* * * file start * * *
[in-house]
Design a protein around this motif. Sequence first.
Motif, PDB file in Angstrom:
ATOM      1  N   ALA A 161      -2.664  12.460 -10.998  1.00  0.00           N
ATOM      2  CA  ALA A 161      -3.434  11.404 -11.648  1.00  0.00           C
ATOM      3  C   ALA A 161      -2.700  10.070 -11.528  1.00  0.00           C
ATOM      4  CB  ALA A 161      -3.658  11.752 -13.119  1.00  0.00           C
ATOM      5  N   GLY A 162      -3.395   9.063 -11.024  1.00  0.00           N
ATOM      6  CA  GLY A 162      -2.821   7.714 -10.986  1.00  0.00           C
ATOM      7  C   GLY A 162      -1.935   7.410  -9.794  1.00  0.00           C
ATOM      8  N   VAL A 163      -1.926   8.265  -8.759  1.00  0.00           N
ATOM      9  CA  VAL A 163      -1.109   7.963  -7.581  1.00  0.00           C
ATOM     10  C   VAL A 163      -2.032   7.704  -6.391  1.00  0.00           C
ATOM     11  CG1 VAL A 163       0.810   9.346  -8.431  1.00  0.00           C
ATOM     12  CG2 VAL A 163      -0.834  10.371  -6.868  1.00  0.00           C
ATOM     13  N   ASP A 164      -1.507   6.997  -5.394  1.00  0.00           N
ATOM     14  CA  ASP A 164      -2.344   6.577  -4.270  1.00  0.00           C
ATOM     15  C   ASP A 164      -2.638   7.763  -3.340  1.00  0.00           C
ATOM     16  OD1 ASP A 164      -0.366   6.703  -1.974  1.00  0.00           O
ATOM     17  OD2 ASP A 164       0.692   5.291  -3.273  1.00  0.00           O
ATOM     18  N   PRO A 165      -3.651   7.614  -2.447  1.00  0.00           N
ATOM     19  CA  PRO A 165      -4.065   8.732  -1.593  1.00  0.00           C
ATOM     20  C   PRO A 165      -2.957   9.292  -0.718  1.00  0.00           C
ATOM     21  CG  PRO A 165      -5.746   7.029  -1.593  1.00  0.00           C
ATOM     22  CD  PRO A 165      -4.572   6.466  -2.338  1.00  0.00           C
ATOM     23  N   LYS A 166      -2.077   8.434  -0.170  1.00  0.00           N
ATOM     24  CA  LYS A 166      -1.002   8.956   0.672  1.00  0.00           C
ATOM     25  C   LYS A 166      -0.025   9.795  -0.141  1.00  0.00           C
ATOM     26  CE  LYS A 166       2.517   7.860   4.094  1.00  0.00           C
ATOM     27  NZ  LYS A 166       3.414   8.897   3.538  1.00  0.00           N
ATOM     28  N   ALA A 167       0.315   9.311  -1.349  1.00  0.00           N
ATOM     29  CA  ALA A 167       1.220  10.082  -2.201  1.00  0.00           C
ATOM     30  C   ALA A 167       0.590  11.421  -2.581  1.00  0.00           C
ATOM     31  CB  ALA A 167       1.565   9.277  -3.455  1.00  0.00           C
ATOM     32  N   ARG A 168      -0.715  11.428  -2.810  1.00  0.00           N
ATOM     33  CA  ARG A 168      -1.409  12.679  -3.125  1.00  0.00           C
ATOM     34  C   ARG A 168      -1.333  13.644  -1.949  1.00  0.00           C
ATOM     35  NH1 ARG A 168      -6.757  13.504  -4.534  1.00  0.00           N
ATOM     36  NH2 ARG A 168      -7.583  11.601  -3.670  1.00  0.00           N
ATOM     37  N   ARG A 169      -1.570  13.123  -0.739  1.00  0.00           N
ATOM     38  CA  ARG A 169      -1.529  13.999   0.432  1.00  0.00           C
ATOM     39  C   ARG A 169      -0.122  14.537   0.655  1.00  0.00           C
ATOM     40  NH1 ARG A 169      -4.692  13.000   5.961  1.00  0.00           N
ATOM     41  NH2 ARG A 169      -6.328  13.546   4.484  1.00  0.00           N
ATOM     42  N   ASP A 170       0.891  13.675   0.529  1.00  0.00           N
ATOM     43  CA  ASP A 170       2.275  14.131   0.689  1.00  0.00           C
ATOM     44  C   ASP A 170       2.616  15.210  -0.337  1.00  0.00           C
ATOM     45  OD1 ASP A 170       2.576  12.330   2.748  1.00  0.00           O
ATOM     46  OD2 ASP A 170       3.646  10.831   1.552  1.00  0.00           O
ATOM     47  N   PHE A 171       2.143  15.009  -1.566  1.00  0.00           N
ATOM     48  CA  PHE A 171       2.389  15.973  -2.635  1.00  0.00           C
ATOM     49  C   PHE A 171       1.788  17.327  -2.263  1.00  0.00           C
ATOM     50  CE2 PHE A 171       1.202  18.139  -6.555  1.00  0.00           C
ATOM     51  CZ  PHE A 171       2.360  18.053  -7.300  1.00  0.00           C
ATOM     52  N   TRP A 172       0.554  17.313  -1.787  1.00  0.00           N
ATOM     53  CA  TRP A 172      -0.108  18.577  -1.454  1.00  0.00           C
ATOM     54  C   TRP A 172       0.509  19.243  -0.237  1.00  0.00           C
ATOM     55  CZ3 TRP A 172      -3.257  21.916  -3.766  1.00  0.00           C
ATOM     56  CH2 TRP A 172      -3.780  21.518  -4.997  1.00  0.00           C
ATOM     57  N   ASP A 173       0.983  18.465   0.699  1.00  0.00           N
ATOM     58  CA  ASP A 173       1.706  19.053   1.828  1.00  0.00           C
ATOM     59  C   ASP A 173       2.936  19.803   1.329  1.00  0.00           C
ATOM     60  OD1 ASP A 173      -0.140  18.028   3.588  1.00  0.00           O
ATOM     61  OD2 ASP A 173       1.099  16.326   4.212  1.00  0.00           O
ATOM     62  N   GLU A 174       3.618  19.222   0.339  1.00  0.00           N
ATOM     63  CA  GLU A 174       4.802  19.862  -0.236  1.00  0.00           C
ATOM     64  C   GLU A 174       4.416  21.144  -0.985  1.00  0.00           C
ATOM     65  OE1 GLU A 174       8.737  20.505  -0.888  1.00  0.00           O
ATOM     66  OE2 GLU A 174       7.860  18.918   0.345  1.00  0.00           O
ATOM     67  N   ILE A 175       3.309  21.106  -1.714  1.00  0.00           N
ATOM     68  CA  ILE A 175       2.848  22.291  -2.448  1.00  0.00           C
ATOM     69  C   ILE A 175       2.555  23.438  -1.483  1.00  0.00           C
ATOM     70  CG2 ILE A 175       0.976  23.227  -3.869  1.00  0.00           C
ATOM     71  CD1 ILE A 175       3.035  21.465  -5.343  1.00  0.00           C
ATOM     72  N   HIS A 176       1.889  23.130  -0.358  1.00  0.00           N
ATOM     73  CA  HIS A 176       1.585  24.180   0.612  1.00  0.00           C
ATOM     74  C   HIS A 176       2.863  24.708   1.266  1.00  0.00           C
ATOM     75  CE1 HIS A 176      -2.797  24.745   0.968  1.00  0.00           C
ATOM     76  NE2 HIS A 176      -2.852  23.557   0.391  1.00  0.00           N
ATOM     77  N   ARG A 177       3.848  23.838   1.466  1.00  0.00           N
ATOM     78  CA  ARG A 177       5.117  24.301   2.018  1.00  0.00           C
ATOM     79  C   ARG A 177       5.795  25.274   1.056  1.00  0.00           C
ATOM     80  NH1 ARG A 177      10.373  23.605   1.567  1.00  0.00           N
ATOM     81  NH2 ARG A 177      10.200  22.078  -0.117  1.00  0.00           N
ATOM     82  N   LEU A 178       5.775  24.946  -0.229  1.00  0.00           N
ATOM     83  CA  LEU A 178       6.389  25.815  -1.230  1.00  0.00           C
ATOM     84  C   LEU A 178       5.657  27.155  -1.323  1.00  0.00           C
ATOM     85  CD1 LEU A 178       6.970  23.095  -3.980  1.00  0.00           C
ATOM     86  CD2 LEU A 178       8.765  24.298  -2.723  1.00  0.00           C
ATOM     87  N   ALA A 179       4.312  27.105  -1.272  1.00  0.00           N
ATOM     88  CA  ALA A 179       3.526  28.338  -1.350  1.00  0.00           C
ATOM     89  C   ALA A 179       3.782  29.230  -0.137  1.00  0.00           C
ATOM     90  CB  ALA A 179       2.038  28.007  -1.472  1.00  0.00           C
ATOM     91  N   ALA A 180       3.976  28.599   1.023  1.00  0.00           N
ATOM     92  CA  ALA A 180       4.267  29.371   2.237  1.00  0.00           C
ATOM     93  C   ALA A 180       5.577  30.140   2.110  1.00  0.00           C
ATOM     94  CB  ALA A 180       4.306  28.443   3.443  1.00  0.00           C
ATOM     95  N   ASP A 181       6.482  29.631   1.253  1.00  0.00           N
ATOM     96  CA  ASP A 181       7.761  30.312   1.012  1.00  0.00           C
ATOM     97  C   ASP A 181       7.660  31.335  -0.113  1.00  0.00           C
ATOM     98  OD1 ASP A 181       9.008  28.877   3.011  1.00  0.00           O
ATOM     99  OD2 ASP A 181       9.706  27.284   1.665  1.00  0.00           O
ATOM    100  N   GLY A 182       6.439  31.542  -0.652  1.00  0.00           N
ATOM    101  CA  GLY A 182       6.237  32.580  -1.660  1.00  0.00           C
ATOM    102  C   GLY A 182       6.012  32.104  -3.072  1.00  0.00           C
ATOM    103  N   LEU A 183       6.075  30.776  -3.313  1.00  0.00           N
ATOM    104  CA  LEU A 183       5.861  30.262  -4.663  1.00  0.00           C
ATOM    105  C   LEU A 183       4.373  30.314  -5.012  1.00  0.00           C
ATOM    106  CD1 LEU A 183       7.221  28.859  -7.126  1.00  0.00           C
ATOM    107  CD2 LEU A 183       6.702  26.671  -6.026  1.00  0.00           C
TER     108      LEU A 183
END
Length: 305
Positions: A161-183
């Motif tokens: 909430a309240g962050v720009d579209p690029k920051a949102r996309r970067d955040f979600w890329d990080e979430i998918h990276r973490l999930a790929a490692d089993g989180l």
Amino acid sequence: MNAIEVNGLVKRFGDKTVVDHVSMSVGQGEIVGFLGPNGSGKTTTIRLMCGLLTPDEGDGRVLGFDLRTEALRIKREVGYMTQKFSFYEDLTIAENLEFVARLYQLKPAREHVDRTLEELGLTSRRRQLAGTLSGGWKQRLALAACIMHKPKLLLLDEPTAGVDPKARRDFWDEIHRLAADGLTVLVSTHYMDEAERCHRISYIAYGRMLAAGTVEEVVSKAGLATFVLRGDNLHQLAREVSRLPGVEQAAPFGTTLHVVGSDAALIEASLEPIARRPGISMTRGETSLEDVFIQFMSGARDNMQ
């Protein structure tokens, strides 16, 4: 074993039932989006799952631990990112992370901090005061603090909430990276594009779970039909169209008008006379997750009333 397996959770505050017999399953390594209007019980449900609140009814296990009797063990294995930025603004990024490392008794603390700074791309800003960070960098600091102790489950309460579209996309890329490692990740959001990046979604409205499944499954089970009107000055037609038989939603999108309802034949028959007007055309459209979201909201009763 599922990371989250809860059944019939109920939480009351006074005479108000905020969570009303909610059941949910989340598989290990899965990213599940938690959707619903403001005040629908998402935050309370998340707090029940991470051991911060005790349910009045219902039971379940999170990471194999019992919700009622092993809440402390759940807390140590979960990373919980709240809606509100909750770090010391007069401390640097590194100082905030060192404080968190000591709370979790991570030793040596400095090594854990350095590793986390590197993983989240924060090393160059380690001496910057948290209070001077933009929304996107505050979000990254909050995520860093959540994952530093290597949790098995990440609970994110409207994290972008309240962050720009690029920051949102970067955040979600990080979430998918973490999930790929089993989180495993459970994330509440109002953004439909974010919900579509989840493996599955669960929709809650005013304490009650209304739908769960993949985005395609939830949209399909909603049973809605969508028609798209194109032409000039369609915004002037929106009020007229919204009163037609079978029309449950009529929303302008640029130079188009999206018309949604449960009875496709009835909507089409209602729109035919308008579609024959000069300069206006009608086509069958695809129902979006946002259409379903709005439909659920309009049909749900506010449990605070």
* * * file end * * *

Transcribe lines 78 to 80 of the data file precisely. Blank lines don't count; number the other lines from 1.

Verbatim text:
ATOM     75  CE1 HIS A 176      -2.797  24.745   0.968  1.00  0.00           C
ATOM     76  NE2 HIS A 176      -2.852  23.557   0.391  1.00  0.00           N
ATOM     77  N   ARG A 177       3.848  23.838   1.466  1.00  0.00           N